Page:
Yes, but remember this is only a guideline. If your dog starts getting fat or thin, adjust amounts accordingly. You will have to adjust. Everyone does. :smile: In the beginning stick to the low end. Feeding meals that are too large sometimes can also be a cause of diarrhea.

Thanks in advance for answers. I may post additional questions as I have them!
Post away. :smile: Gives us something to read. :smile:
 

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Discussion Starter #4
Thank you both for your very helpful answers. Sounds like I can't go wrong between backs and quarters. A butcher not far from me stocks backs, so I'll start there. And the market down the street from me is having a sale on leg quarters (59 cents/lb) so I may stock up on those, too. I'll keep everyone posted. I'm hoping to start this weekend, if possible.
 

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Thank you both for your very helpful answers. Sounds like I can't go wrong between backs and quarters. A butcher not far from me stocks backs, so I'll start there. And the market down the street from me is having a sale on leg quarters (59 cents/lb) so I may stock up on those, too. I'll keep everyone posted. I'm hoping to start this weekend, if possible.
Man! I wish I could find good prices like that! You are lucky!
 

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Man! I wish I could find good prices like that! You are lucky!
Where in Alabama are you? I'm just off I-20 in West GA and get chicken backs for about .33/lb and quarters for around .50/lb. If you aren't too far away, it might be worthwhile to ride over this way. :smile:
 

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Discussion Starter #8
How much does an "average" chicken back weigh? Likewise for an average CLQ. I know not to obsess with feeding exactly 1.6 lbs/day, but, for planning purposes, I'd like to know how many to pick up.

Thanks!
 

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we buy ours by the case, divvy them up, use as necessary....

can't get bill's prices or yours, but i get better prices if i buy 40 lbs at a time and my two dogs weigh about what your dog weighs :)
 

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Both can vary pretty greately in size but usually a back that I would get is around half a pound. A quarter around a pound or a little more but lately I have gotten some quarters that were around half a pound I would guess.
 

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Both can vary pretty greately in size but usually a back that I would get is around half a pound. A quarter around a pound or a little more but lately I have gotten some quarters that were around half a pound I would guess.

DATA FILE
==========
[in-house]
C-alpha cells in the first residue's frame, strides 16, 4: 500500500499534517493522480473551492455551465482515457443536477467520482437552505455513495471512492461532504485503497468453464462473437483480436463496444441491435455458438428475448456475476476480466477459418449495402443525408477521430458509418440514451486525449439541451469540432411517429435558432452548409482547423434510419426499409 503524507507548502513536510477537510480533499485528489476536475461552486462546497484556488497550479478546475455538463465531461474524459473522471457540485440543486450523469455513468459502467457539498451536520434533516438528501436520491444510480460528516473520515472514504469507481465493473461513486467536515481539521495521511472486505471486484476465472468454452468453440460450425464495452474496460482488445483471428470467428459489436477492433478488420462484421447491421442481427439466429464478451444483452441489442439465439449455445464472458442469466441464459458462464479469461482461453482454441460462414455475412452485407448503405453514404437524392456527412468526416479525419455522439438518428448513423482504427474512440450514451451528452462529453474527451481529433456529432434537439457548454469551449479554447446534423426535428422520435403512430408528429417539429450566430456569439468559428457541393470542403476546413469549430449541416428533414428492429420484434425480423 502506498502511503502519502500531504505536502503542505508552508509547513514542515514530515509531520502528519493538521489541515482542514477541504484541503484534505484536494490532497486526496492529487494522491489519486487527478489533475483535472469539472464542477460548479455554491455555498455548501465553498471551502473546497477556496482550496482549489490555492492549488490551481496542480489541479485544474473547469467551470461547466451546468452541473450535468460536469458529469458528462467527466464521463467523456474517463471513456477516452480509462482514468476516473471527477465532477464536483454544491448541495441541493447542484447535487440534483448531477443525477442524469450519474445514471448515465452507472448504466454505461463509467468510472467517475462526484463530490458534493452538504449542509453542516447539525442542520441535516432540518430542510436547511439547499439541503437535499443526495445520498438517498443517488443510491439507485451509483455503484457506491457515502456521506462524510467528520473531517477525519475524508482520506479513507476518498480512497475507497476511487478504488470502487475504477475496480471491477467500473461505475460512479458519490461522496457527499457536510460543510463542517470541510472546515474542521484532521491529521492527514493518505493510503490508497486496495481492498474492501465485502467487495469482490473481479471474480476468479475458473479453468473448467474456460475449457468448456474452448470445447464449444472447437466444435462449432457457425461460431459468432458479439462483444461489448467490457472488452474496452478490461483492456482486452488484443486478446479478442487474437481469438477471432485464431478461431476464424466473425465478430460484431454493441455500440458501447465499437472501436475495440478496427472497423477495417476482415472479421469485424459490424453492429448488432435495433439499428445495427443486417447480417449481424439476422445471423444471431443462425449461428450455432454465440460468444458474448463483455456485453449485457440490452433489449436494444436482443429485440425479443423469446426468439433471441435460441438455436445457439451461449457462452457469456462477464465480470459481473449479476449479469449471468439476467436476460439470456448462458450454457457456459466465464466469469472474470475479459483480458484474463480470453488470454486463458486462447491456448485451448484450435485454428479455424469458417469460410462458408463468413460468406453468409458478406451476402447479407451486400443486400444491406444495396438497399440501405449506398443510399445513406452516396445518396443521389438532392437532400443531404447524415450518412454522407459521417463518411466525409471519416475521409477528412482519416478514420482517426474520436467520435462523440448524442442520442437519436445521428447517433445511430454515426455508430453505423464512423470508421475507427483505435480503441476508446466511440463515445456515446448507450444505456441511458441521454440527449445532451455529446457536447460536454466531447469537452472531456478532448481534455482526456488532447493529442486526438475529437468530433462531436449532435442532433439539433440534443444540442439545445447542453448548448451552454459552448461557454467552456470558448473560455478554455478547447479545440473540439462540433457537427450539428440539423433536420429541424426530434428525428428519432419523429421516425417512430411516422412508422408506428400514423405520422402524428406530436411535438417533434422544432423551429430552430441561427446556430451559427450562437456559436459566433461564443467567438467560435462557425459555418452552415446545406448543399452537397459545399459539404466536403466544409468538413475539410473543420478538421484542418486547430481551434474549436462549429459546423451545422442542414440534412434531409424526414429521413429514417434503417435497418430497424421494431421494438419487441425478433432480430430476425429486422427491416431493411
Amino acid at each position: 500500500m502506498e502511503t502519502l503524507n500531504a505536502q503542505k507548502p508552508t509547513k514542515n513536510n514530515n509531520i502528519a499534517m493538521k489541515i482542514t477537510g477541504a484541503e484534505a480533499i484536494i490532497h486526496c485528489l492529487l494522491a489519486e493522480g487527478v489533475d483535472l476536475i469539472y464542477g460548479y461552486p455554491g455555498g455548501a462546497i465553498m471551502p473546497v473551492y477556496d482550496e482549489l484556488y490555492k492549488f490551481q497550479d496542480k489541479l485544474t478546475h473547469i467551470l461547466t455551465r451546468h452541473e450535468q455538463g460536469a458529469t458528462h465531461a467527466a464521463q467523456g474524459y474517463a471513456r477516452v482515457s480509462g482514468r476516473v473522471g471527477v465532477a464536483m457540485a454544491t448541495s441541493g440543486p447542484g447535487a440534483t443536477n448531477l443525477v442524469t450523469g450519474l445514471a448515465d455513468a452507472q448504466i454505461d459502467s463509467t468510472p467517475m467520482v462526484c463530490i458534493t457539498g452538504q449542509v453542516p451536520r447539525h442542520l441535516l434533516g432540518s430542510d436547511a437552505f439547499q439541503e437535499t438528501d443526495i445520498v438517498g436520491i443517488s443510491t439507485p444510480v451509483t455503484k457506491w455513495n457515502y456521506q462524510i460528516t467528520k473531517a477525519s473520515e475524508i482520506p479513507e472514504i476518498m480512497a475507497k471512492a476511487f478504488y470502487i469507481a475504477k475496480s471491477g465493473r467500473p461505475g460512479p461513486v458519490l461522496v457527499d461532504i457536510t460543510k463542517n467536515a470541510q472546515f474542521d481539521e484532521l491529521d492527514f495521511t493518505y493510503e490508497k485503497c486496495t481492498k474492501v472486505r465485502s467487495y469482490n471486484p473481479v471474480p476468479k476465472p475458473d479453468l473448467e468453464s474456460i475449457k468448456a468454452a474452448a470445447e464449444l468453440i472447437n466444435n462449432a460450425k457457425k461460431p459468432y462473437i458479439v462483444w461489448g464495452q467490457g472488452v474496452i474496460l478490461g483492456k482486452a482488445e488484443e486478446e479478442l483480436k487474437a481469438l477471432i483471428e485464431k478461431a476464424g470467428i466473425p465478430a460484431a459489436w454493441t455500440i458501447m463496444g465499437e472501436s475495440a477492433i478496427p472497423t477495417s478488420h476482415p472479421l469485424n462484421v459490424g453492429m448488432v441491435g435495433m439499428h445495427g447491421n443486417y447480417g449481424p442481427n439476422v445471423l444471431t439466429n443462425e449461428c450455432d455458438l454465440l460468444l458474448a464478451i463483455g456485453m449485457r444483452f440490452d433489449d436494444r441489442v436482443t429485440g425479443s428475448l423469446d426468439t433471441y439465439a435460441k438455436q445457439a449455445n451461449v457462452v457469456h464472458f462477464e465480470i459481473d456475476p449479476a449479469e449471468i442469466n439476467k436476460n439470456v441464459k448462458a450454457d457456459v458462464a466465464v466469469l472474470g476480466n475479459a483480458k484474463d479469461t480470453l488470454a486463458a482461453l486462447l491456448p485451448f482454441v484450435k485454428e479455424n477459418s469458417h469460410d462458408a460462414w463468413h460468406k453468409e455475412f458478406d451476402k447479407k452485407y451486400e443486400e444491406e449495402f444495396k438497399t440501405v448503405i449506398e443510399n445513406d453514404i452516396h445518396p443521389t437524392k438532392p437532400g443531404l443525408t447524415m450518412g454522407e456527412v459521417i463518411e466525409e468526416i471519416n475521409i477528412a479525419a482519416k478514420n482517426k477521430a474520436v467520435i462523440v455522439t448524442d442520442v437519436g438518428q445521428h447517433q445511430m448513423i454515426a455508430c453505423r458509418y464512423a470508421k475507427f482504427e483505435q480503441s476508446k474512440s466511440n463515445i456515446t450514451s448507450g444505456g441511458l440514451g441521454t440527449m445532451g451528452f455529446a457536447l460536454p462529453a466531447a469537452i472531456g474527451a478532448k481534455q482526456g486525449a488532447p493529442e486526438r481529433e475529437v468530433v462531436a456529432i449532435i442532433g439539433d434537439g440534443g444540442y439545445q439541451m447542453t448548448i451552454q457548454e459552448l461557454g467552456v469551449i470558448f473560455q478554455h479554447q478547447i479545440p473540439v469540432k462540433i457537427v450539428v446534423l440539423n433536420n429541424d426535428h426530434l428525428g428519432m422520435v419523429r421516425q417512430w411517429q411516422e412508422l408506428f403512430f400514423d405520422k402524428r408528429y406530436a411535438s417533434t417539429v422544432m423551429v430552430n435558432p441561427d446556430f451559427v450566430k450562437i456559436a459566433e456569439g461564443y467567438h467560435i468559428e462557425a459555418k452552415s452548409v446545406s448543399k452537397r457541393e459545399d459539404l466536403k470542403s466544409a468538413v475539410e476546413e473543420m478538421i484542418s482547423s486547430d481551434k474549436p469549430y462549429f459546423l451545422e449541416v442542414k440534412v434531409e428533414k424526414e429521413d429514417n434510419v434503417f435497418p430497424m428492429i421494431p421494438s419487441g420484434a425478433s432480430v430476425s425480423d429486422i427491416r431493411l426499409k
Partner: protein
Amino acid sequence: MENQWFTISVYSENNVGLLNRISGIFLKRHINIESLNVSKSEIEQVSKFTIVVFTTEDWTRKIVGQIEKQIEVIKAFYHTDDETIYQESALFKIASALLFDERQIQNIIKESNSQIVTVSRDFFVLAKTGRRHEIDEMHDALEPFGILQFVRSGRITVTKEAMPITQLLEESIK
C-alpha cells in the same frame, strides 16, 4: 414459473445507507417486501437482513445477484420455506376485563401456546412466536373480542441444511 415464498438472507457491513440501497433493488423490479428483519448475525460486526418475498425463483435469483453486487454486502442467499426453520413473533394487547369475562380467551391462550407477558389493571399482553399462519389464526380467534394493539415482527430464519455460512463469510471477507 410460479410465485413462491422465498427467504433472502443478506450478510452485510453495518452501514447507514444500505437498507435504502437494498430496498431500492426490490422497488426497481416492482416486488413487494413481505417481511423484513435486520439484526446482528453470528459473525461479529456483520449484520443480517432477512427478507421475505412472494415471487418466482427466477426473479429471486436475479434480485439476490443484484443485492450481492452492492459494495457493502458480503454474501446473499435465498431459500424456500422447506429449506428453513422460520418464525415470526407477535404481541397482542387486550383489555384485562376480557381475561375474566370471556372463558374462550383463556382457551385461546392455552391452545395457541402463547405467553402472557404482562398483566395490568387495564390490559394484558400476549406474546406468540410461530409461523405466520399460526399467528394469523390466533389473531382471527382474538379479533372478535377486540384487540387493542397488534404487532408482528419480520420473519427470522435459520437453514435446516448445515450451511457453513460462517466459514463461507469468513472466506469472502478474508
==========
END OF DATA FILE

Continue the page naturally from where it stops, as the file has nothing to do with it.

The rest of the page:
do you trim your backs at all? or do you feed them intact...mine come with all kinds of fat on them....

ghostrunner...if the back is trimmed of excess fat, they weigh about 5-6 oz....

a chicken here weighs in at about 4-5 lbs....they seem to be getting smaller...
 

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I buy my meat in bulk from a meat distribution company in the area. The backs that I got from them were about a half a pound each with skin and fat still attached. The CLQ are MASSIVE and weigh at least a pound each. :smile:
 

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do you trim your backs at all? or do you feed them intact...mine come with all kinds of fat on them....
NO, I don't do anything to the backs but hand them to the dogs. Don't worry about fat. Fat isn't bad for dogs like it is for humans. Fat is good for dogs. Dogs utilize fat in the same way we utilize carbs.

The only time I might suggest trimming backs and quarters is if the dog is just being switched to raw and is having digestive problems. In that case, fat should be trimmed for a few weeks or until the stools get firm. After that point, feed as is.
 

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NO, I don't do anything to the backs but hand them to the dogs. Don't worry about fat. Fat isn't bad for dogs like it is for humans. Fat is good for dogs. Dogs utilize fat in the same way we utilize carbs.

The only time I might suggest trimming backs and quarters is if the dog is just being switched to raw and is having digestive problems. In that case, fat should be trimmed for a few weeks or until the stools get firm. After that point, feed as is.
how quickly you forget, bill.... LOL.....it wasn't just overfeeding........